This week we posted content from Africa that I found quite startling. In this article, columnist Leo Igwe of from Senegal’s Xewmedia implores President Obama to take a stand on the issue of “witch hunting.” Yes – I said witch hunting – and this is serious. In Africa today, according to Igwe, witch hunting and the defamation and abuse of people accused of witchcraft is a major problem, and is undermining progress for much of sub-Saharan Africa.
For Xewmedia, this is a small part if Leo Igwe’s plea:
I hope during his trip, President Obama speaks out against witchcraft-related killings and abuses in Africa. Unfortunately, most world leaders have maintained a scandalous silence over the wave of witch-hunting ravaging many parts of sub-Saharan Africa.
Those accused of witchcraft are treated without mercy or compassion. Suspected witches or wizards are attacked, tortured, lynched or exiled from their homes. They are subjected to various forms of trial and ordeal. Some are forced to drink poisonous concoctions to confirm or to disable the powers of witchcraft they harbor.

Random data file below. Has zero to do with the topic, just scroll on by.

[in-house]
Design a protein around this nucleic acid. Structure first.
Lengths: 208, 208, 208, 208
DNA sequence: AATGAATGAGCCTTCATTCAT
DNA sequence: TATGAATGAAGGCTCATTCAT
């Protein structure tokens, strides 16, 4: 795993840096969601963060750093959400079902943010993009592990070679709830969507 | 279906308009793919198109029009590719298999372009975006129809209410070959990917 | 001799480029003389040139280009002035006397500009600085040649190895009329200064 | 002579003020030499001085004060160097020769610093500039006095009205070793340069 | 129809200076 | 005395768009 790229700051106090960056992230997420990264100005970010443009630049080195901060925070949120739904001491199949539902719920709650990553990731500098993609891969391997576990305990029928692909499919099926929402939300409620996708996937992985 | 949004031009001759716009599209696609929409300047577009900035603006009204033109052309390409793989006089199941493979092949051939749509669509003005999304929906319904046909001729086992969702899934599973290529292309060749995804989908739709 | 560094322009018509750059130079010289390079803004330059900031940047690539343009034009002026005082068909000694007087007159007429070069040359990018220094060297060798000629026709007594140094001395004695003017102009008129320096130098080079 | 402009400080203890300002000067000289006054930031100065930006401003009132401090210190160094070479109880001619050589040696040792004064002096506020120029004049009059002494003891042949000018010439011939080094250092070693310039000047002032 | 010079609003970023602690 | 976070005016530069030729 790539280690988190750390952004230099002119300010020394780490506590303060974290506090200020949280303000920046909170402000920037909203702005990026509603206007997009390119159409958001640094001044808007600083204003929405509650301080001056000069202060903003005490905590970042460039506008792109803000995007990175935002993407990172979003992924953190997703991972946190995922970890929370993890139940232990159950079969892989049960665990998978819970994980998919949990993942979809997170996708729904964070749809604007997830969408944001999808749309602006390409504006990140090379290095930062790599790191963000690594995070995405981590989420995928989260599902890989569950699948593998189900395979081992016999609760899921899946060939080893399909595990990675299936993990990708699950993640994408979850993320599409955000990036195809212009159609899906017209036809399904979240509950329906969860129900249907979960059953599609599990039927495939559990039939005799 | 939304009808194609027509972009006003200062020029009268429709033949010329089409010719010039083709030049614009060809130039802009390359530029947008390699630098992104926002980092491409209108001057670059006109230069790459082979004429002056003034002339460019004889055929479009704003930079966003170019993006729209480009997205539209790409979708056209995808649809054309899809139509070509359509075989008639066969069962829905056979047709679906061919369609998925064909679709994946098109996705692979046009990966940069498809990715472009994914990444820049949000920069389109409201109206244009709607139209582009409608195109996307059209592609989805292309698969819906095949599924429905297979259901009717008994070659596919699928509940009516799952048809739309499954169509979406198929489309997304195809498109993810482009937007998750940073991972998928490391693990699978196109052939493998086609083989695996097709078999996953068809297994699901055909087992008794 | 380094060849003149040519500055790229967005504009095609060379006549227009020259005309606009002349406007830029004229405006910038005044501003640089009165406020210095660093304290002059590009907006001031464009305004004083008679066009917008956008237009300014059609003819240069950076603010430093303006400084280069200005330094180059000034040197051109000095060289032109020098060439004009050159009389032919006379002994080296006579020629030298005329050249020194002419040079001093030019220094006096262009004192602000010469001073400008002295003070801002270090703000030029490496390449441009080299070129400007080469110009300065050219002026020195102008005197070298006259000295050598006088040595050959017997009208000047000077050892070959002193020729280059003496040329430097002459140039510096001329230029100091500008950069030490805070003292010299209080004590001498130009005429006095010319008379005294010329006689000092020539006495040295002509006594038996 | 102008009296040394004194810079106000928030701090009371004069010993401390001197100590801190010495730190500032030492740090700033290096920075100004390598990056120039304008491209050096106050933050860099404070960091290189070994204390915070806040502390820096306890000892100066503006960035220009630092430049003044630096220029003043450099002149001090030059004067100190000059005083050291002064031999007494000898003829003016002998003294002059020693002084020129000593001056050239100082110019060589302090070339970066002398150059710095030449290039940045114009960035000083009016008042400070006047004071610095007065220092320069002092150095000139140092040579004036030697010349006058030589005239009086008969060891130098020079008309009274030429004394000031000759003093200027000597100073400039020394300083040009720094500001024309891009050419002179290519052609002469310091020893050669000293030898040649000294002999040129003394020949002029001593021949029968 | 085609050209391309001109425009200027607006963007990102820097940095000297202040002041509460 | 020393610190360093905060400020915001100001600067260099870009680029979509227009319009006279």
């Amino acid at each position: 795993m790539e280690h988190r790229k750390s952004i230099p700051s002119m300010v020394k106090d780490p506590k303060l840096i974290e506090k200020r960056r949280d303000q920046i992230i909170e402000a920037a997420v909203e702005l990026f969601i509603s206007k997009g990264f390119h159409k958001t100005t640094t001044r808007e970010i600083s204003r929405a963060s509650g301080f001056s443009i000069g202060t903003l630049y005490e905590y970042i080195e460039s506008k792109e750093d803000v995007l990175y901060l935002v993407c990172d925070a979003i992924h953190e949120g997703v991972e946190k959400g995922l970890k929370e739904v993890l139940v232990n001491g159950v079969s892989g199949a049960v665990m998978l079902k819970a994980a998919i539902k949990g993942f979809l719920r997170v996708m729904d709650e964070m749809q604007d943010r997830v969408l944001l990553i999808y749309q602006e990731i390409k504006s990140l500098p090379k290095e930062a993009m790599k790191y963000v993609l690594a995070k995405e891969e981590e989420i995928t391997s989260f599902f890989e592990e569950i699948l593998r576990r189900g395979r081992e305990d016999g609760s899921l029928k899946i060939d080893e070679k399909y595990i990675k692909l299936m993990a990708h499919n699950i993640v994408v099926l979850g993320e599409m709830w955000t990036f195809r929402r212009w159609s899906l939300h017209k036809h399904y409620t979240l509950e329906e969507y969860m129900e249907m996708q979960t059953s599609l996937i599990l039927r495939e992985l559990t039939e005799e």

In one of the countries Obama is visiting, Tanzania, albinos are targeted and killed for ritual purposes. The body parts of albinos are harvested, sold, and used for ritual potions that many people believe will bring good luck, power and wealth. Some people mistakenly identify witchcraft as “African science,” and witch hunting as part of African culture. Many people are afraid to speak out against witchcraft-related abuse because they believe witches exist and that witchcraft is real.
President Obama should ask Africans to draw a lesson from European witch hunting and the Salem witch hunts that occurred in America and condemn the ritual killing of albinos in Tanzania, hunchbacks in Nigeria, and witch killings and abuses in Kenya, Nigeria, Lesotho, Uganda and Sierra Leone.
READ ON AT OR READ MORE OF PRESIDENT OBAMA’S TRAVELS AT WORLDMEETS.US, your most trusted translator and aggregator of foreign news and views about our nation.